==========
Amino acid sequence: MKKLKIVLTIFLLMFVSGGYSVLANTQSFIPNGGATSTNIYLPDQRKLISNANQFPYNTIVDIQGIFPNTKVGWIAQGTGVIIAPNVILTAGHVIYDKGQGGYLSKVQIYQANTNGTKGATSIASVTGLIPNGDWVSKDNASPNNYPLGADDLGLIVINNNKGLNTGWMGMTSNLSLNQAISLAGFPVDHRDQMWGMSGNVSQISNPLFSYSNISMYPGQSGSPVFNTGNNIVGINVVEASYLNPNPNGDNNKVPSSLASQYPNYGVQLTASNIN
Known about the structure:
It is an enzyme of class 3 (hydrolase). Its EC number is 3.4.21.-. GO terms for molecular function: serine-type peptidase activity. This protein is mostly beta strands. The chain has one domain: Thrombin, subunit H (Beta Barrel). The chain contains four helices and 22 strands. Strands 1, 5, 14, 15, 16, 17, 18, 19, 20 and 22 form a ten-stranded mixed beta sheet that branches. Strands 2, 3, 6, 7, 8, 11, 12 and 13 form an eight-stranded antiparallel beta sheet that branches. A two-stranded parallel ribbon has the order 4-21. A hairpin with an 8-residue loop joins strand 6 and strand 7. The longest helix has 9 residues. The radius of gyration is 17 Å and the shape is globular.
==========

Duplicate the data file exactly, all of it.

Amino acid sequence: MKKLKIVLTIFLLMFVSGGYSVLANTQSFIPNGGATSTNIYLPDQRKLISNANQFPYNTIVDIQGIFPNTKVGWIAQGTGVIIAPNVILTAGHVIYDKGQGGYLSKVQIYQANTNGTKGATSIASVTGLIPNGDWVSKDNASPNNYPLGADDLGLIVINNNKGLNTGWMGMTSNLSLNQAISLAGFPVDHRDQMWGMSGNVSQISNPLFSYSNISMYPGQSGSPVFNTGNNIVGINVVEASYLNPNPNGDNNKVPSSLASQYPNYGVQLTASNIN
Known about the structure:
It is an enzyme of class 3 (hydrolase). Its EC number is 3.4.21.-. GO terms for molecular function: serine-type peptidase activity. This protein is mostly beta strands. The chain has one domain: Thrombin, subunit H (Beta Barrel). The chain contains four helices and 22 strands. Strands 1, 5, 14, 15, 16, 17, 18, 19, 20 and 22 form a ten-stranded mixed beta sheet that branches. Strands 2, 3, 6, 7, 8, 11, 12 and 13 form an eight-stranded antiparallel beta sheet that branches. A two-stranded parallel ribbon has the order 4-21. A hairpin with an 8-residue loop joins strand 6 and strand 7. The longest helix has 9 residues. The radius of gyration is 17 Å and the shape is globular.